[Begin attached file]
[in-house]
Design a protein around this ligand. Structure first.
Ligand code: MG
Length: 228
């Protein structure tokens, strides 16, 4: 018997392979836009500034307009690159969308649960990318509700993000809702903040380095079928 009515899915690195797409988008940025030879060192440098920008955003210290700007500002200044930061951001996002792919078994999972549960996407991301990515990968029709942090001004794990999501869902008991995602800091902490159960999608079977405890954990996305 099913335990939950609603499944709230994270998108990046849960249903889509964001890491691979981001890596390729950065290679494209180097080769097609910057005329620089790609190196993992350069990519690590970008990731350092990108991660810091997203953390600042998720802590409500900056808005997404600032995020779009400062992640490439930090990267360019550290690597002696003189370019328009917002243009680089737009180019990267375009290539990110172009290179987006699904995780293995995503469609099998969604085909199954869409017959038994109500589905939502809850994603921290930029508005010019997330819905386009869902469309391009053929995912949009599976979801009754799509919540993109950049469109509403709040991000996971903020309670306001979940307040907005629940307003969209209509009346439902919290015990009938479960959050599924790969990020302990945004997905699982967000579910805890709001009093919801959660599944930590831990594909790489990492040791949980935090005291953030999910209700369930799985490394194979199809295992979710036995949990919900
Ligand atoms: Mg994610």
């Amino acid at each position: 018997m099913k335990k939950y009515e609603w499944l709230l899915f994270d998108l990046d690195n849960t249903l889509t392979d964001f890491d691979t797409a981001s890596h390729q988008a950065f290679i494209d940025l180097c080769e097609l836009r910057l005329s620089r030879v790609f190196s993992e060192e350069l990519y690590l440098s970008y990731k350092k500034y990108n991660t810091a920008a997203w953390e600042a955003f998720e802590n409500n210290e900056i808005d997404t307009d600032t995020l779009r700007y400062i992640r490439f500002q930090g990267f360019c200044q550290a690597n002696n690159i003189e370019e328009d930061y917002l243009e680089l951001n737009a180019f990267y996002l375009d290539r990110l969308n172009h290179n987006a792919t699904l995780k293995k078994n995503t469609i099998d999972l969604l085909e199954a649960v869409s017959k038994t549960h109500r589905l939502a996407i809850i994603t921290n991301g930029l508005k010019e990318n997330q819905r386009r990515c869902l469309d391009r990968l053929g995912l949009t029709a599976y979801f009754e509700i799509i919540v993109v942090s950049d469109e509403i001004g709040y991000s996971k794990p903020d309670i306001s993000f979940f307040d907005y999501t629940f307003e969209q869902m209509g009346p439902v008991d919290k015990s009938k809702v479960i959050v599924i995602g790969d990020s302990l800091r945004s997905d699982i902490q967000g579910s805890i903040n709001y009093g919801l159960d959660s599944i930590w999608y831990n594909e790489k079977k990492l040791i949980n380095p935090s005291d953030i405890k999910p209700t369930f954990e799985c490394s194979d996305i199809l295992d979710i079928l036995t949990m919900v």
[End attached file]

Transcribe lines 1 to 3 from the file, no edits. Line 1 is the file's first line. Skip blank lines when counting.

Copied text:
[in-house]
Design a protein around this ligand. Structure first.
Ligand code: MG